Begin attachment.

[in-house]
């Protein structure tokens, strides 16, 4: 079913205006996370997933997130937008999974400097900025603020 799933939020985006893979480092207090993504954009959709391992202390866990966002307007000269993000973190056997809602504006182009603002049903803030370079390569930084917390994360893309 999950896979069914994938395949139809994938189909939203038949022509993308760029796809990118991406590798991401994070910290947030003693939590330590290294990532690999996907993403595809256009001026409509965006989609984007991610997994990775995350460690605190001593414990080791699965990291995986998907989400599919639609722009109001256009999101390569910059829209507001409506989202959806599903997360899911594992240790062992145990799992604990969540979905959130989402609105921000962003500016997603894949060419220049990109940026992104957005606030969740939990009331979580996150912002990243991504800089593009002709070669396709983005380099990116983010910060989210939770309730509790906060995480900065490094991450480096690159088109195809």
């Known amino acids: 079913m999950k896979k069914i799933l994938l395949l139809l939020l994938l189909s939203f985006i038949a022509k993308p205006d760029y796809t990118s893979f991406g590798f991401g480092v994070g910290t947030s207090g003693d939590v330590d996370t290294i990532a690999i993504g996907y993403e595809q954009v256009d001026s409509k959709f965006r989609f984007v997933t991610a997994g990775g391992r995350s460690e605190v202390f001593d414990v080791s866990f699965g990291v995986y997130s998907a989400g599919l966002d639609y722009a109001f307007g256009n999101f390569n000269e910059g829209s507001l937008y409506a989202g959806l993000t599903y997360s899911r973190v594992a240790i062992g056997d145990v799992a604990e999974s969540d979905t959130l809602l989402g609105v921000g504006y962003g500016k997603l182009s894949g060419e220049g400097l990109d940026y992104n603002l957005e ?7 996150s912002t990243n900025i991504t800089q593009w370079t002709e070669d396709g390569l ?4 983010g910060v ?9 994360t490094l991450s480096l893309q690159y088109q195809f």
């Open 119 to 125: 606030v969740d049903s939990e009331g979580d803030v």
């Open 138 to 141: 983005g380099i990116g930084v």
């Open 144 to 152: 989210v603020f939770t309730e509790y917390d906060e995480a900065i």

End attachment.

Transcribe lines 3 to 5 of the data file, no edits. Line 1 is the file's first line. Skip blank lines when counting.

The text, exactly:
């Known amino acids: 079913m999950k896979k069914i799933l994938l395949l139809l939020l994938l189909s939203f985006i038949a022509k993308p205006d760029y796809t990118s893979f991406g590798f991401g480092v994070g910290t947030s207090g003693d939590v330590d996370t290294i990532a690999i993504g996907y993403e595809q954009v256009d001026s409509k959709f965006r989609f984007v997933t991610a997994g990775g391992r995350s460690e605190v202390f001593d414990v080791s866990f699965g990291v995986y997130s998907a989400g599919l966002d639609y722009a109001f307007g256009n999101f390569n000269e910059g829209s507001l937008y409506a989202g959806l993000t599903y997360s899911r973190v594992a240790i062992g056997d145990v799992a604990e999974s969540d979905t959130l809602l989402g609105v921000g504006y962003g500016k997603l182009s894949g060419e220049g400097l990109d940026y992104n603002l957005e ?7 996150s912002t990243n900025i991504t800089q593009w370079t002709e070669d396709g390569l ?4 983010g910060v ?9 994360t490094l991450s480096l893309q690159y088109q195809f």
């Open 119 to 125: 606030v969740d049903s939990e009331g979580d803030v």
């Open 138 to 141: 983005g380099i990116g930084v």